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Release Of Report Into DNA Evidence

Media Statement By
Tony Ryall
Minister of Justice

26 June 1999

Release Of Report Into DNA Evidence

Justice Minister, Tony Ryall, today announced he has directed the Ministry of Justice to report on ESR's reporting protocols in cases where DNA results are unclear.

Mr Ryall's announcement follows a report by the Ministry of Justice on the reporting of DNA results in a 1996 rape of a teenager which was allegedly committed by convicted murderer, Peter Howse.

In 1996, Peter Howse was acquitted of all charges relating to the alleged rape of the teenager following evidence given by an ESR analyst at the trial that Howse could not have been the source of semen found on the girl's underpants. However, retesting conducted earlier this year indicates that Howse was the most likely source of that seminal material.

A Ministerial Inquiry is currently being conducted by former Chief Justice, Sir Thomas Eichelbaum and Royal Society President, Professor Sir John Scott, into a separate incident involving DNA evidence.

"This Ministerial Inquiry deals with a conceptually quite different issue. It concerns the factual basis for apparent contamination of DNA samples in a particular case.

"The Howse case, on the other hand, does not involve any factual problems and is more about improvements in DNA profiling technology and the protocols applied by ESR to interpret unclear DNA results.

"Given that taking up the issues arising from the Howse case would delay the report on the contamination issue, I believe it is more appropriate to work separately on the question of ESR reporting protocols.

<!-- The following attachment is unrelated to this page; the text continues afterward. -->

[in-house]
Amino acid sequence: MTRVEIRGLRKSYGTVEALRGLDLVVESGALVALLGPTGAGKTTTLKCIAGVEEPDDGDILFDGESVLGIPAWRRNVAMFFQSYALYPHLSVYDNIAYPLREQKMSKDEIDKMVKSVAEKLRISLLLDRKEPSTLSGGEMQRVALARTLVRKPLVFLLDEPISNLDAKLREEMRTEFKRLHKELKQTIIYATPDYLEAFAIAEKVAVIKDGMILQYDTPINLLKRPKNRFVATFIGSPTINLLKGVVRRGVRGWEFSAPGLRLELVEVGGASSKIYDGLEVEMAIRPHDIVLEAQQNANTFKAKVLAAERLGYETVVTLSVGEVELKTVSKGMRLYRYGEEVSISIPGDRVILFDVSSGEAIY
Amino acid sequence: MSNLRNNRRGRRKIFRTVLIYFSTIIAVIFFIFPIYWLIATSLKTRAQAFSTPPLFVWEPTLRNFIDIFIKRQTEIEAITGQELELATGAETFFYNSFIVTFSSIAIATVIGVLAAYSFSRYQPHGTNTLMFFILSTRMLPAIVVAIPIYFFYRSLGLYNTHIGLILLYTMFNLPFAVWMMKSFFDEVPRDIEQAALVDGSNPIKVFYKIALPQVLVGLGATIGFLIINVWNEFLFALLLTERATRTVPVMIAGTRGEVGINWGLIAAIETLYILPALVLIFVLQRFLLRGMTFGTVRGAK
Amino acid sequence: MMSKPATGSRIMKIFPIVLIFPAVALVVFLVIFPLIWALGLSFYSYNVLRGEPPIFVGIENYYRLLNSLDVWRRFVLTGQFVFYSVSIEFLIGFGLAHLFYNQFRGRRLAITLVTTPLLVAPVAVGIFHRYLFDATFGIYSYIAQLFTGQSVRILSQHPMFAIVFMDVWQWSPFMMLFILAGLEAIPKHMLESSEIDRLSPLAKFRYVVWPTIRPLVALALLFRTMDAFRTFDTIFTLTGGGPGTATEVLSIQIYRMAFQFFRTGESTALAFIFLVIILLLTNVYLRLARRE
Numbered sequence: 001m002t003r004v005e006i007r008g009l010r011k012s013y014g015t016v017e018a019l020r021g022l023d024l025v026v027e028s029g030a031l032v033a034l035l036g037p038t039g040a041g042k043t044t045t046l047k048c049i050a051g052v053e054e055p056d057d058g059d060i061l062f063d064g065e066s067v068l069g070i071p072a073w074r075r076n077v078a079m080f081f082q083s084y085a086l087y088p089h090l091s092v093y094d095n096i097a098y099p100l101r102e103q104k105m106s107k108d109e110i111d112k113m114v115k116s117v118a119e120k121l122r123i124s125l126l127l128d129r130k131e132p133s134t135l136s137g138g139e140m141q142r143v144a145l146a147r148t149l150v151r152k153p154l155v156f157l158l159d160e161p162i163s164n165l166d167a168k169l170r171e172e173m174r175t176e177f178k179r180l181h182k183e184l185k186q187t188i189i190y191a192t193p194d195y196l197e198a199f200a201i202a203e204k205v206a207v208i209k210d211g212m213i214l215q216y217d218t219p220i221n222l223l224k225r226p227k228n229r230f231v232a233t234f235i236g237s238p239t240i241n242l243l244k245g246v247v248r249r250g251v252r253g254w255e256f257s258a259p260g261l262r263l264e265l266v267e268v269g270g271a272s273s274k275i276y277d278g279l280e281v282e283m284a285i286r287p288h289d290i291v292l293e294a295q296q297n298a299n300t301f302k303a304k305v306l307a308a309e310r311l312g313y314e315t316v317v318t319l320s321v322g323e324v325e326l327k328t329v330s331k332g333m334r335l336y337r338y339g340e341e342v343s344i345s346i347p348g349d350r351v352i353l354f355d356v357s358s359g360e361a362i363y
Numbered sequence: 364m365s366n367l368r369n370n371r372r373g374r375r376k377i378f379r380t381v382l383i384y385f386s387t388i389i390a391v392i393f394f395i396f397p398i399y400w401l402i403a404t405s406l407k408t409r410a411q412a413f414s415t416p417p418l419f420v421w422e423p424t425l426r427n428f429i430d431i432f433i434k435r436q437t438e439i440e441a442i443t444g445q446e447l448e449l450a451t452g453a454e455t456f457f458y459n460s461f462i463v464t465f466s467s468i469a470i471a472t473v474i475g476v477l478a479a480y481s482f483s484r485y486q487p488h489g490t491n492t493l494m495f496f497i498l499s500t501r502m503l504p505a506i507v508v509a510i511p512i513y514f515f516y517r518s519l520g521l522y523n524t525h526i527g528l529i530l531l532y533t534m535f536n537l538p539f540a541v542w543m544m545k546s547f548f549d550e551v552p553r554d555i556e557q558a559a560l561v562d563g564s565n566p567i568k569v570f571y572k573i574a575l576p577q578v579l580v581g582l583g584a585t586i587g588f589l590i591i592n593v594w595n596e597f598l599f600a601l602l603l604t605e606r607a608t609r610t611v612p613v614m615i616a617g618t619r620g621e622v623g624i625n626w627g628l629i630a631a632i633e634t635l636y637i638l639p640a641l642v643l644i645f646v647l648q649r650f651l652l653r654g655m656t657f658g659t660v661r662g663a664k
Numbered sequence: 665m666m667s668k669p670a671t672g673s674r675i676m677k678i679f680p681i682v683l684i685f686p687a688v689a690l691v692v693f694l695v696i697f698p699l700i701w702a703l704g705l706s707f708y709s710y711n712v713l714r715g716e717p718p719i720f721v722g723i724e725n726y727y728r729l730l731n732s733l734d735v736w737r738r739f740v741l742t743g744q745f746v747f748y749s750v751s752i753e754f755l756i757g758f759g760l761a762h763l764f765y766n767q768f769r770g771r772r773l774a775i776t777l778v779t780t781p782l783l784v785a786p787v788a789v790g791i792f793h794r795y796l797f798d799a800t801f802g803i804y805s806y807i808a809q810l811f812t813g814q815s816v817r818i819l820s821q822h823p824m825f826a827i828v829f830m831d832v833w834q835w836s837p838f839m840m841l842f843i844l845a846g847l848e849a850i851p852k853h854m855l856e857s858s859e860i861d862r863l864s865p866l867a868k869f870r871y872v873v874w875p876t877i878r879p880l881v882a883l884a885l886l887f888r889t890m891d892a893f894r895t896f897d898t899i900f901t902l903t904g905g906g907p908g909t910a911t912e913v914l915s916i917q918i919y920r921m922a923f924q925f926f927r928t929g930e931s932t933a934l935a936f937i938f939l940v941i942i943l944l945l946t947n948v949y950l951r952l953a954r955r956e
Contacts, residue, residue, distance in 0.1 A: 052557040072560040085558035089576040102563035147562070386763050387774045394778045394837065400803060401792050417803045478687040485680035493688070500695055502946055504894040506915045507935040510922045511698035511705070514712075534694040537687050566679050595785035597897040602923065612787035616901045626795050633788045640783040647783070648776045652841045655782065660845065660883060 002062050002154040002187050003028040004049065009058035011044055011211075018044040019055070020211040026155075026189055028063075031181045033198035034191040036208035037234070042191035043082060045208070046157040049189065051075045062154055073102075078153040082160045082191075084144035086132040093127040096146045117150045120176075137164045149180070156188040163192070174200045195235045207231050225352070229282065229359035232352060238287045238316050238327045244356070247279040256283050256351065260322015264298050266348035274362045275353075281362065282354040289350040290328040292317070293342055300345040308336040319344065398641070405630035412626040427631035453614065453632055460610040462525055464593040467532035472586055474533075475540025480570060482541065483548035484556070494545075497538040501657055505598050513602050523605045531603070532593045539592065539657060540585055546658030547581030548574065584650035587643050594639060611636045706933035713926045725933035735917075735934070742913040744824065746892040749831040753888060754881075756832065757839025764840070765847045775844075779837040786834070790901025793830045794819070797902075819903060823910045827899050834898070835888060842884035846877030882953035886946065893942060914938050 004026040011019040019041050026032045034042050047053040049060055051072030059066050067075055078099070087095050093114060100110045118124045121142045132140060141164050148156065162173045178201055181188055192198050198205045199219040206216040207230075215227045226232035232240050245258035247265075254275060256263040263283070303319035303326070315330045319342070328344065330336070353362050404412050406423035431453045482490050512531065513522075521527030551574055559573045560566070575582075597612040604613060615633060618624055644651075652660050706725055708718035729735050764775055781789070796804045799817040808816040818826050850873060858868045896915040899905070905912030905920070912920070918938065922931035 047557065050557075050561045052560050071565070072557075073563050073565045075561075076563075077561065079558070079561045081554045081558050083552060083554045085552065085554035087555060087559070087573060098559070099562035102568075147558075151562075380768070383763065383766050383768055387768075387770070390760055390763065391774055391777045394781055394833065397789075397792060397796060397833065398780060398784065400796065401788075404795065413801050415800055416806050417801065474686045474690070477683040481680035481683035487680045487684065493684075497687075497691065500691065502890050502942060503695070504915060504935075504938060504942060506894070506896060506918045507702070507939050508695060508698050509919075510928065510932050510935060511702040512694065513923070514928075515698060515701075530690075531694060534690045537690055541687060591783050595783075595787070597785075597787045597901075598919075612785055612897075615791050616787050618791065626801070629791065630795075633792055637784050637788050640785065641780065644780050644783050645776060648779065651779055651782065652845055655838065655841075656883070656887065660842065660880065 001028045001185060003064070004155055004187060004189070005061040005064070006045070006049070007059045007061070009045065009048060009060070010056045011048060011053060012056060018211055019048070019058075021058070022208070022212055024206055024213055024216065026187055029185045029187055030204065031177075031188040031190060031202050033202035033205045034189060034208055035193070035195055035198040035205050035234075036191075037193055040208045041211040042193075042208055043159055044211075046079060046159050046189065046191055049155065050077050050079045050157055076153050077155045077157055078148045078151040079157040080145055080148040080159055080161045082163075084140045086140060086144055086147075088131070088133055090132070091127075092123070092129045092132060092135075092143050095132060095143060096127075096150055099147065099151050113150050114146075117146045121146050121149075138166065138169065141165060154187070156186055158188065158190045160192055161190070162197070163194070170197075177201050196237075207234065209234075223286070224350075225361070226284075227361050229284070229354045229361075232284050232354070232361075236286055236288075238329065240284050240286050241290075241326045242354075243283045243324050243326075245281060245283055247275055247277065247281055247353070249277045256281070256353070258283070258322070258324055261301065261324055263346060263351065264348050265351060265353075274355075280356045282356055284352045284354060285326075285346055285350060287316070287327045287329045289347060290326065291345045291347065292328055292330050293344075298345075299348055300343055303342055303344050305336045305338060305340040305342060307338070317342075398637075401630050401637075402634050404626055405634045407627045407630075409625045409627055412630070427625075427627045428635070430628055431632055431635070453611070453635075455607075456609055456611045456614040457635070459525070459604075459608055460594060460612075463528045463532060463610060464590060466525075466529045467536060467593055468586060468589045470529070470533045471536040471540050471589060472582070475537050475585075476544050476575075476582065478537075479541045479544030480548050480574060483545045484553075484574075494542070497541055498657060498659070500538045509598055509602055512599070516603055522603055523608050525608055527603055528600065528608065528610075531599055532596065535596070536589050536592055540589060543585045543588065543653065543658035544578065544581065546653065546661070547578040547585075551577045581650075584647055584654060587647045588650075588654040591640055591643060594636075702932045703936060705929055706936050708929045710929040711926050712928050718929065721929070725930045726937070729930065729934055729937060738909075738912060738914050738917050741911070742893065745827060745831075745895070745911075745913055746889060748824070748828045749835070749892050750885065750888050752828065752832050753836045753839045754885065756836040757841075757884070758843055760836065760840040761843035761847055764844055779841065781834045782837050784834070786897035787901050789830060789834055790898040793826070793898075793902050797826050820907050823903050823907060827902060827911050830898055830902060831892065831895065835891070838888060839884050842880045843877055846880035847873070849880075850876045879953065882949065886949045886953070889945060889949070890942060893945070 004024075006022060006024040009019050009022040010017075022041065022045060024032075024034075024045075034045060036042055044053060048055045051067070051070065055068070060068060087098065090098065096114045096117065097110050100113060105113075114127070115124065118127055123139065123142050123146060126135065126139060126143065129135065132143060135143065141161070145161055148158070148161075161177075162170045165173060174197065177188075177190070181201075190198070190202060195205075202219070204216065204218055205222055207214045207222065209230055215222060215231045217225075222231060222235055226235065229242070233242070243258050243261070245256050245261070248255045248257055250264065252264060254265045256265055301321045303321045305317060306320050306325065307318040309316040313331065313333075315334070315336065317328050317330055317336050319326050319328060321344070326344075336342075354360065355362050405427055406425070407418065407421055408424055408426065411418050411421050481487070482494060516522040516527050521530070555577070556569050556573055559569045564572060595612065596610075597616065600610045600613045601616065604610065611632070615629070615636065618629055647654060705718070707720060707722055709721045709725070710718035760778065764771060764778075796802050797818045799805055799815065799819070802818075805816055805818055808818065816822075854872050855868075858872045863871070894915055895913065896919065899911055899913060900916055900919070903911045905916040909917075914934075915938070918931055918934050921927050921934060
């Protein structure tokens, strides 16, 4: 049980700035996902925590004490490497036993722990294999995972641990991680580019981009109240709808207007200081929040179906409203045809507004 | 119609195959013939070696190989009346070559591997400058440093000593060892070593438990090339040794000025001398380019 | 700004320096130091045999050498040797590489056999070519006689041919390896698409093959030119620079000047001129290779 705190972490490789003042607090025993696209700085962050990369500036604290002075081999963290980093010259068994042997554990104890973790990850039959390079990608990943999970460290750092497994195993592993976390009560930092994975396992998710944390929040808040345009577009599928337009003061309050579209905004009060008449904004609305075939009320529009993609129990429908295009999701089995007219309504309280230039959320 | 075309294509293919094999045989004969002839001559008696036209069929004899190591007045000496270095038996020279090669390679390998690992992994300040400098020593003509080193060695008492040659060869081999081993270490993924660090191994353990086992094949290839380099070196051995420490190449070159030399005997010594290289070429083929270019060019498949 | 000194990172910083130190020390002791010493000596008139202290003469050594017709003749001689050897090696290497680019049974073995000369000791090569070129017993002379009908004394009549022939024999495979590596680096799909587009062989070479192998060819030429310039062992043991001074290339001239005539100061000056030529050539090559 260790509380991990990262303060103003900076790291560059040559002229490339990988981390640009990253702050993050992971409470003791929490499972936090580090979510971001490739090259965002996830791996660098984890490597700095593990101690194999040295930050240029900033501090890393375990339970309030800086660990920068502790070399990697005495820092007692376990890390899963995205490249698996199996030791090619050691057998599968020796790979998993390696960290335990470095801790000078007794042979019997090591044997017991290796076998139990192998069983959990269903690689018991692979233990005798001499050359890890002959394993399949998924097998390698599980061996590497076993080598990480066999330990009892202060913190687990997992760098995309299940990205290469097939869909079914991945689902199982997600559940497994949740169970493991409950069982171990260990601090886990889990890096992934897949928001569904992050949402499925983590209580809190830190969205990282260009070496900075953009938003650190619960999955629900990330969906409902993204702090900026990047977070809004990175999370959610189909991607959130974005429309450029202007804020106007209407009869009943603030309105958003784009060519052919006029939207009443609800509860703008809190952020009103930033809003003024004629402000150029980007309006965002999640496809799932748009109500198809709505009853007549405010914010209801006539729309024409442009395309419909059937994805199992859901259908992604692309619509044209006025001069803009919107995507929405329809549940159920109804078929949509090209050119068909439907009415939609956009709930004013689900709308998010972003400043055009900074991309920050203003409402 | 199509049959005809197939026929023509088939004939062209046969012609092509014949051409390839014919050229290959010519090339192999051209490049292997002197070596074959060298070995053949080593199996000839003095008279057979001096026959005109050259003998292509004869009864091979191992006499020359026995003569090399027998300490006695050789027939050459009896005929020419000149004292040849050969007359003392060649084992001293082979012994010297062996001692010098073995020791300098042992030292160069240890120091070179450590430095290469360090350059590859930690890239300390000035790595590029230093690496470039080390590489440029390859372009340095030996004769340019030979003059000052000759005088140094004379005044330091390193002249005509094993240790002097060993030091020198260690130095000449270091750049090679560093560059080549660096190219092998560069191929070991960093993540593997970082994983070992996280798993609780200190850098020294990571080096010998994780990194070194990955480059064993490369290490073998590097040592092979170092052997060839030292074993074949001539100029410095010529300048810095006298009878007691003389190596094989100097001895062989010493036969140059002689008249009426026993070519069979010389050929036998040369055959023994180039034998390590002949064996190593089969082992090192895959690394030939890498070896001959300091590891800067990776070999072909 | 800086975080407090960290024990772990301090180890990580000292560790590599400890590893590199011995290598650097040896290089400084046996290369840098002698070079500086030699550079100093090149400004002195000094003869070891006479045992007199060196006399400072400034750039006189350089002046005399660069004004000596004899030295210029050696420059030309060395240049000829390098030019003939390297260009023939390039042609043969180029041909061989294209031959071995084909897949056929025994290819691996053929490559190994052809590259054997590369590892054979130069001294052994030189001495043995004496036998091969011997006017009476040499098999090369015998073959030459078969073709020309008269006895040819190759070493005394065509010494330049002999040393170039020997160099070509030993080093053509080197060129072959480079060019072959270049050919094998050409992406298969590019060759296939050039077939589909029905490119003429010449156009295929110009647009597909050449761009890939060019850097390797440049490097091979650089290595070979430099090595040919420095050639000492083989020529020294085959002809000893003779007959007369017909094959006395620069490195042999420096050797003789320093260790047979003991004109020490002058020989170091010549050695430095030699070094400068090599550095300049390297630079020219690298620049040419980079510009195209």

"Accordingly, I have asked the Ministry of Justice to report back to me on the appropriateness of ESR protocols within the same timeframe as the Ministerial Inquiry.

"The Ministry's report notes that there are several explanations for the variation in the results. The most significant is the quantum shift in DNA profiling technology meaning that the subsequent tests were conducted using a far more sensitive and discriminating technique.

"The report also notes that recent developments such as the introduction of more advanced semi-automated processes, which reduce the scope for subjectivity in the interpretation of results, mean that it is less likely that the same problems would arise again.

"Further, the report notes that the reporting of the results in the Howse case followed ESR's conservative philosophy that "if the results of a particular test are unclear then the benefit of the doubt is given to the defendant. In hindsight, given the uncertainty, it may have been more appropriate for ESR to have reported the results were "inconclusive""".

"However, there may be a need to establish clearer guidelines for ESR analysts in cases where DNA test results require a 'judgment-call' because the results are unclear.

"This will be the key issue addressed in the further work I have asked the Ministry to conduct", Mr Ryall concluded.


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